We first heard from Richard Dawson, the English folk singer and musician based in Newcastle Upon Tyne, with his superb release The Glass Trunk – a very imaginative, rugged, and beautiful statement of raw folk music that truly brought local history to life in a way which few can manage. If you were prescient enough to buy a copy of that buried gem, you’ll have enjoyed the musical interludes on the album where Dawson played guitar joined by Welsh improviser Rhodri Davies on his pedal harp. If you enjoyed that coupling, you’re going to love Hen Ogledd (ALT.VINYL av050), an entire vinyl LP of instrumentals by the pair. Can’t recommend this release highly enough, which may seem strange considering I’ve let it lie in the vinyl queue since 23 December 2013.
The only thing that could possibly prepare you for its powerful, life-enriching sound is Wound Response, Rhodri’s solo LP from 2012 on the same label, which (unexpectedly perhaps for this gentle and unassuming harpist) was pretty much indistinguishable from avant-garde heavy metal, delivering a powerful stream of iron blasts of amplified noise that put Keiji Haino in the shade on any given Sunday. Rhodri’s arrived at this brilliant sound through amplification and use of transducers, contact mics, volume pedal, and an overdrive unit, and presumably something like this is what we also hear on Hen Ogledd. Distortion is part of it, but it’s a controlled and disciplined use of distortion, not wallowing in the glories of unrestrained feedback as so many death-metalling teens never fail to do.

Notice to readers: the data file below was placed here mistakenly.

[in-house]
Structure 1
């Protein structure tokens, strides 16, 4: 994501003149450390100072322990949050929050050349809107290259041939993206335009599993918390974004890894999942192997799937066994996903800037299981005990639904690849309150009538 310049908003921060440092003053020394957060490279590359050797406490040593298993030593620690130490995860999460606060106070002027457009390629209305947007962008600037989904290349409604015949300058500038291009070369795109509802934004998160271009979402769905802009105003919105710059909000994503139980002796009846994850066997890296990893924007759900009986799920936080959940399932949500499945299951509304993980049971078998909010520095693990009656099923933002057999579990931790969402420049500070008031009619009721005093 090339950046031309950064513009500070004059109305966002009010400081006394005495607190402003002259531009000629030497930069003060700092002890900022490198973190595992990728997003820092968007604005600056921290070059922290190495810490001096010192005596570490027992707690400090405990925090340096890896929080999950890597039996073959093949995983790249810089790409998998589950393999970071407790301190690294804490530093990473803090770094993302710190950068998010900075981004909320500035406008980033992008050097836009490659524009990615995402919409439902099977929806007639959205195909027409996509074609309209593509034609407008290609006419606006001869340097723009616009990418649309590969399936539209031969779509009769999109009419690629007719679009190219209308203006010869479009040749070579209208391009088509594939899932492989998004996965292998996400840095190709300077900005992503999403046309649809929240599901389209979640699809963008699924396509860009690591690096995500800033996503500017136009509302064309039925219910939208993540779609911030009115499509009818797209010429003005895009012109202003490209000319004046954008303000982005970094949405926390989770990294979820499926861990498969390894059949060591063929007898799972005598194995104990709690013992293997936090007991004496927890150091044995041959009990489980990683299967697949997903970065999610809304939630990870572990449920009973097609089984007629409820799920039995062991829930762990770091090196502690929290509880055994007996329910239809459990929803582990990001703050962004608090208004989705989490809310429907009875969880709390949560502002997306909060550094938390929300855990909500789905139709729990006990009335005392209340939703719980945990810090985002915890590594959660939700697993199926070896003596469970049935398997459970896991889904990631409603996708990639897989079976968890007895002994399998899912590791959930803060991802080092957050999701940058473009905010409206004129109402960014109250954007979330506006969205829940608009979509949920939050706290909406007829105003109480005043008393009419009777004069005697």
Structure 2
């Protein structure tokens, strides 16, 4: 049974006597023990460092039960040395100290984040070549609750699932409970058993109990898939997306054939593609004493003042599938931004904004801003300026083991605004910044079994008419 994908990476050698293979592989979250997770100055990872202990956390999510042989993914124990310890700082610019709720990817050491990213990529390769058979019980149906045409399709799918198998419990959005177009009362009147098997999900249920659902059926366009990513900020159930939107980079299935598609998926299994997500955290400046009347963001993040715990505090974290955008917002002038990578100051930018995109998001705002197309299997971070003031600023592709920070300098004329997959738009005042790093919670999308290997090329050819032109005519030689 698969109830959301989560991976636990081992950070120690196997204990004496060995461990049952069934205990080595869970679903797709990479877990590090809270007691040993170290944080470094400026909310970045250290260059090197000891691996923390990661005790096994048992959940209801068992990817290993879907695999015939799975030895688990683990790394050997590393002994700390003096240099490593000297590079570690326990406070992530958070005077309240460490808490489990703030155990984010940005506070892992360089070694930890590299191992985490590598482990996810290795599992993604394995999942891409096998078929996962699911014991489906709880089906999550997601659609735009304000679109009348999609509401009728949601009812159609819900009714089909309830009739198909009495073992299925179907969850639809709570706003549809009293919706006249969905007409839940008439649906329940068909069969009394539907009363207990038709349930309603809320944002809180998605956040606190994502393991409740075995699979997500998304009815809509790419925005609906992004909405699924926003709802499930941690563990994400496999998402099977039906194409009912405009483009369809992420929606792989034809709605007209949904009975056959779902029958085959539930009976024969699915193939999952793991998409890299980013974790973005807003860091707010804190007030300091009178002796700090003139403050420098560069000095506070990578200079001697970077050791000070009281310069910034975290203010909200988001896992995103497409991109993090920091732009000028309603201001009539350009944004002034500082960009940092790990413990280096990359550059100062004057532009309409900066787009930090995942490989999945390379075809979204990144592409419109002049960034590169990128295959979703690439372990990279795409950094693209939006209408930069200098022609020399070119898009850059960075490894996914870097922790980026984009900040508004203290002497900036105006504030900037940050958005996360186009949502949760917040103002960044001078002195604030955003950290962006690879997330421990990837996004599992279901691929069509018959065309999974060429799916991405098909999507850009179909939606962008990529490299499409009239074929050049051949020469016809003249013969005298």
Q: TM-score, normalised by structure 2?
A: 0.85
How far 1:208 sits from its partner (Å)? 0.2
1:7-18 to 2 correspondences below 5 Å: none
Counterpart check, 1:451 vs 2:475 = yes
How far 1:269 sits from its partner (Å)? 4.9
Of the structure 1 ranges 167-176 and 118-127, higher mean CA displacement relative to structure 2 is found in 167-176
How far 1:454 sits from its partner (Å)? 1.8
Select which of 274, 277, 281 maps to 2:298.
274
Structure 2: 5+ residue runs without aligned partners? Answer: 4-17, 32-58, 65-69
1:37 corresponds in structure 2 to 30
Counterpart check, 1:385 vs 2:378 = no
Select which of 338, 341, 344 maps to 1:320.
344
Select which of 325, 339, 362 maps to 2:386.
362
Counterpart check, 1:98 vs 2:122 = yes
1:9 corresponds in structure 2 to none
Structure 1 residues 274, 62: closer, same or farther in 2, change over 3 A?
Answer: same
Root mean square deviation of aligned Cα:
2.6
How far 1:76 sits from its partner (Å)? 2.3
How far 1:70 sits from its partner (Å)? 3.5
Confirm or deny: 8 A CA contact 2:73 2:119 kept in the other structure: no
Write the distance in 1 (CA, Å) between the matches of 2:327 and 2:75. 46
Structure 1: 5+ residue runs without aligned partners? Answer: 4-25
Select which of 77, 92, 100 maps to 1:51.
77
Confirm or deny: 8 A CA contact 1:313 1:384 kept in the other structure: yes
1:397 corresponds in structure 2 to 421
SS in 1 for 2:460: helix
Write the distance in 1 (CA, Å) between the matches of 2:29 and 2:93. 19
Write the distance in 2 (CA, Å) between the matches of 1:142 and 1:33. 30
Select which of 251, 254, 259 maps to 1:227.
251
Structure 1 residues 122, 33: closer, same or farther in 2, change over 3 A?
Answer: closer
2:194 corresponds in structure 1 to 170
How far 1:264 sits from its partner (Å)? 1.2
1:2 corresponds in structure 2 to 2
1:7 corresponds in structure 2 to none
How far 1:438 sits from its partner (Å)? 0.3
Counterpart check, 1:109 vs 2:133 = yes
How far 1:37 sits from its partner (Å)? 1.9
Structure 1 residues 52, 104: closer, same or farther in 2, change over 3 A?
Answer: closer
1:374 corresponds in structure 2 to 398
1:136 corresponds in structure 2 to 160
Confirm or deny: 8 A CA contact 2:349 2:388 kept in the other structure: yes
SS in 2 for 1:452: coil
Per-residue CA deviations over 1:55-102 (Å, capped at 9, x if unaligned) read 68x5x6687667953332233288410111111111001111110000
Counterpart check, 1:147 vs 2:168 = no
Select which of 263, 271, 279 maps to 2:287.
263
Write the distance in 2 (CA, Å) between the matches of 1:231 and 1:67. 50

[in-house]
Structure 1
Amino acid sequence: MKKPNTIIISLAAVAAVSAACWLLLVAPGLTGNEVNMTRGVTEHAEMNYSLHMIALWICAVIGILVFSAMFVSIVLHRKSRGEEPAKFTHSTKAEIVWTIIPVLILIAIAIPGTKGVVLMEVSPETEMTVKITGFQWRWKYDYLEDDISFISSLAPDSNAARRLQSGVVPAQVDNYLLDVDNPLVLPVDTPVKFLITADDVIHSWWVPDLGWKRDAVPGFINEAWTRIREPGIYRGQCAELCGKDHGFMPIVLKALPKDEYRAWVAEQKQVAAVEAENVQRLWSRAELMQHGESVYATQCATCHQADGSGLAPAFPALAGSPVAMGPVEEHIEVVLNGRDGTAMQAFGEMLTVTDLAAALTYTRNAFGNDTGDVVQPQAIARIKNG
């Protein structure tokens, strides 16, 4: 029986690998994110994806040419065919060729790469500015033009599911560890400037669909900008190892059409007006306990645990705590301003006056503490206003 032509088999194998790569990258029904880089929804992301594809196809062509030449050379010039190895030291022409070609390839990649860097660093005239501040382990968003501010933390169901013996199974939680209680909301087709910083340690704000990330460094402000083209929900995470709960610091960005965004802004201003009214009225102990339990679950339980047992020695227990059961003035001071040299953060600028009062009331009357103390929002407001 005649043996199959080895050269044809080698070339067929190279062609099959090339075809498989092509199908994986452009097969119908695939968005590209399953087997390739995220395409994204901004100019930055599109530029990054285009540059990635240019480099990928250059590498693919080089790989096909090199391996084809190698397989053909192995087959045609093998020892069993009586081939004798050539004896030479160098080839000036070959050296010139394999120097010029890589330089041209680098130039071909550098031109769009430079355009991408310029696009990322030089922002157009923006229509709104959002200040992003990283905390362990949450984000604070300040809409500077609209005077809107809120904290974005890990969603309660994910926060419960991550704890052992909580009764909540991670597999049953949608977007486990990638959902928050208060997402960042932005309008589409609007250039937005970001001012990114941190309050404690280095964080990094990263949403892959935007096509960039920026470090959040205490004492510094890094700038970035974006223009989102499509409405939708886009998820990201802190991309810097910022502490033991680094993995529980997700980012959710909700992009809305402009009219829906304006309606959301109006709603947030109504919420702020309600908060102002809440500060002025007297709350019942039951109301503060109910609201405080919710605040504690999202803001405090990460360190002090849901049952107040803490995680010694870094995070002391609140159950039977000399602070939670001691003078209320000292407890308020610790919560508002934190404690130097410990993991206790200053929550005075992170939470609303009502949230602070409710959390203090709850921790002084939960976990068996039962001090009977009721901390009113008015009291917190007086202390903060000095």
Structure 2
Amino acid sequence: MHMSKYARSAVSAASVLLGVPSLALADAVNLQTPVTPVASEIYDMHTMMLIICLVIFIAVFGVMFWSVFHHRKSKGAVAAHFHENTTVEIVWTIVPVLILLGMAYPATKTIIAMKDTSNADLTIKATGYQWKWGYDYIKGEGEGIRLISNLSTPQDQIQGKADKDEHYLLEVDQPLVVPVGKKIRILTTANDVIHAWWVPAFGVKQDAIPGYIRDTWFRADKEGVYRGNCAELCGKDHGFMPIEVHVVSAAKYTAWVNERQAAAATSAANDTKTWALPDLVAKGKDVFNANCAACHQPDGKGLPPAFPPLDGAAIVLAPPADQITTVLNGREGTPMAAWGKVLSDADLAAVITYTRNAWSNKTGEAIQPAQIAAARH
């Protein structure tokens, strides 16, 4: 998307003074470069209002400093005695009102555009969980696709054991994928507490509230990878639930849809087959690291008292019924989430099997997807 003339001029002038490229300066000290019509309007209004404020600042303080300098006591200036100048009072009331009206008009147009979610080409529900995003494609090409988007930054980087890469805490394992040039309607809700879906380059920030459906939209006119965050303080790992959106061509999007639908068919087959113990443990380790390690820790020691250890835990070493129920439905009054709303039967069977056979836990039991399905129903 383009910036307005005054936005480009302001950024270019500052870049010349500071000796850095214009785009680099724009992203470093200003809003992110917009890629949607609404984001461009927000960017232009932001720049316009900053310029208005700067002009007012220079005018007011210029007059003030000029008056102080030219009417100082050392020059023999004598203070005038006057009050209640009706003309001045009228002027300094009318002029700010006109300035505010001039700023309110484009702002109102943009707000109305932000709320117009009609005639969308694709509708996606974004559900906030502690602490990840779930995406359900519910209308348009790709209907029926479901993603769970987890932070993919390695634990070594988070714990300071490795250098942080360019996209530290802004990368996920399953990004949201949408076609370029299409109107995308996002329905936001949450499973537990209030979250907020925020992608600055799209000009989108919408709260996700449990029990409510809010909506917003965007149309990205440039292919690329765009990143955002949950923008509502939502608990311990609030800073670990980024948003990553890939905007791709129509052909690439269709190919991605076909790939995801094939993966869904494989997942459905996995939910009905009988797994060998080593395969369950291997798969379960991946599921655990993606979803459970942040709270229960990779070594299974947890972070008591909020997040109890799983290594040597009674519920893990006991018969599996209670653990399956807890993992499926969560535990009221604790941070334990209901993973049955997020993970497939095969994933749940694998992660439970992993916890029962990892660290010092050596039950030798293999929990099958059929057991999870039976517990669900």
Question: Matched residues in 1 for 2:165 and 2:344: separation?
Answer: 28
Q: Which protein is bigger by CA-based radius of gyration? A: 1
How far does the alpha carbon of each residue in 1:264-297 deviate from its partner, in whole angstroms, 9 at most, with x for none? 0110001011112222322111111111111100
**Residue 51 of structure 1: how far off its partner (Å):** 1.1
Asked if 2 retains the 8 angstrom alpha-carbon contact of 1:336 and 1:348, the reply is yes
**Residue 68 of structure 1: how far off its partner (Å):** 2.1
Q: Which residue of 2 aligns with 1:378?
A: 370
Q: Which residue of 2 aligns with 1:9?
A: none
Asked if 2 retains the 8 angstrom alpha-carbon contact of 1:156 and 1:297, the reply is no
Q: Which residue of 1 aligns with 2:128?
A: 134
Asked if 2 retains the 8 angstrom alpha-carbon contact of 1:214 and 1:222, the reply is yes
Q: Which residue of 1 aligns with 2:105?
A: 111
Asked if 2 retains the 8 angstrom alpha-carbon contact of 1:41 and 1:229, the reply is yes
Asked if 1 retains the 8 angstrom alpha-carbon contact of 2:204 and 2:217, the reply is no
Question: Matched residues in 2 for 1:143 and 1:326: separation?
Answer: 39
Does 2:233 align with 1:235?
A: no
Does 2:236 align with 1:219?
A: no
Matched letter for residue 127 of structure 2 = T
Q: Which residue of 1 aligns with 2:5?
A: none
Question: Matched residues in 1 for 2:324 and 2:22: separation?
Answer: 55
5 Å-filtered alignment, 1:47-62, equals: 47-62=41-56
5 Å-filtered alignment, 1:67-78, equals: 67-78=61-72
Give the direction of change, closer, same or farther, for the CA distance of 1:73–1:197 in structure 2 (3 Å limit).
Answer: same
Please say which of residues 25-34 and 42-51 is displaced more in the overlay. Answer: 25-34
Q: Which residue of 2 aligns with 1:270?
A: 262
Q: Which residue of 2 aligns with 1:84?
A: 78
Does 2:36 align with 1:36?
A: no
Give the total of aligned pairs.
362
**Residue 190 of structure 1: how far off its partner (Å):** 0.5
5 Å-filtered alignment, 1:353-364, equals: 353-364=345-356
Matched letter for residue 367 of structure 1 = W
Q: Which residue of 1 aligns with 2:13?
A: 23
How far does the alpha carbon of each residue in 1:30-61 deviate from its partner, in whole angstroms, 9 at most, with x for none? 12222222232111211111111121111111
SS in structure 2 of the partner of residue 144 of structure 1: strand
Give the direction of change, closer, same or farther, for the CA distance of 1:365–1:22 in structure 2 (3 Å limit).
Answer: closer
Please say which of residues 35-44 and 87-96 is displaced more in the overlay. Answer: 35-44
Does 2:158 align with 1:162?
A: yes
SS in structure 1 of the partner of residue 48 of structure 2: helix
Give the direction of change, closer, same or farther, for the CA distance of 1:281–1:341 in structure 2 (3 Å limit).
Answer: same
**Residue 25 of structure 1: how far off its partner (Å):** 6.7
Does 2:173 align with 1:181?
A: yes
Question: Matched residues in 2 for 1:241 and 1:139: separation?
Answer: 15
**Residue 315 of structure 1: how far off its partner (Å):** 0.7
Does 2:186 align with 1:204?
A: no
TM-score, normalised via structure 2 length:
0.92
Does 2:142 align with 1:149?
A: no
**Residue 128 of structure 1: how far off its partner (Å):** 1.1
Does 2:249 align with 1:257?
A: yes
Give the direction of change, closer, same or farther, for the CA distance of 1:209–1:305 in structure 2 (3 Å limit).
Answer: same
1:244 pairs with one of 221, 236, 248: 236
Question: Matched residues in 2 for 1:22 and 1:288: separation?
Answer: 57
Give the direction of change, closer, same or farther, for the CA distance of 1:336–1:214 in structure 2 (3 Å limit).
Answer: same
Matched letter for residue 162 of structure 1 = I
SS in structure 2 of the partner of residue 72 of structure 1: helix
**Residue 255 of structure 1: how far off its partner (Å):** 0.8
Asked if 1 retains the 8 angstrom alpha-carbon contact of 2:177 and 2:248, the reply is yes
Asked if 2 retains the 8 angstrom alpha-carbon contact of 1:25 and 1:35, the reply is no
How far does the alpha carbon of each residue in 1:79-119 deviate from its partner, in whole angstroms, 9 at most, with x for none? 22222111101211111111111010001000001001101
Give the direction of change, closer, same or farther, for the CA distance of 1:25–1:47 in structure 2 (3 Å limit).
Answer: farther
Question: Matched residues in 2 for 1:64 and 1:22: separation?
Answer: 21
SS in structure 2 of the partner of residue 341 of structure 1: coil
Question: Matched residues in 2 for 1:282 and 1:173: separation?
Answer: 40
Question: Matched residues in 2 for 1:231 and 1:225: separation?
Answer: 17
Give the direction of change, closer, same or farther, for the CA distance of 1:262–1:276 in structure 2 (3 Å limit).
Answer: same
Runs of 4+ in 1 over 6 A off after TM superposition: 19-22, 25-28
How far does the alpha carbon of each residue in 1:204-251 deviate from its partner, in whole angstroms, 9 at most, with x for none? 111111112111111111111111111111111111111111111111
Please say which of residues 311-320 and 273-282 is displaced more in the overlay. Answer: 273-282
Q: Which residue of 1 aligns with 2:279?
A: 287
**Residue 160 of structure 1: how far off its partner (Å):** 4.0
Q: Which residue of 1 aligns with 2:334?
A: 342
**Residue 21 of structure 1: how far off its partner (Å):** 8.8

Every track on the LP is a glorious, maximal experience of unfettered through-performed noise, with nary a gap left for a man to catch his breath. But it’s also melodic noise. Primitive melodies and rhythms are delivered with the accuracy and plangency of a fictional New Wave band from 1978 formed of elves, goblins, and other supernatural folk, transponding their eerie tunes from Faerieland by the gift of time-travel. This LP more than lives up to its cluttered collage cover artwork, and by the end of it you can see more and hear more than the Lambton Worm. Additionally, the track titles add to the sense of the uncanny, effectively forming one-line poems that are lyrical word-paintings of the North-Easterly landscape. Davies moved up to this part of the UK some years ago, and his sense of connectedness to the area keeps on appearing in his album titles and musical statements. 1
Sadly, this release is not included in Rhodri’s Pedwar box set from 2014, making it all the more imperative that you hunt down your copy soonest. Rhodri kindly sent me a copy of Pedwar some time ago, and we hope to give this one notice in due course.
- Well, that much is true of Carliol (ftarri-220) at any rate, his 2012 album with John Butcher. ↩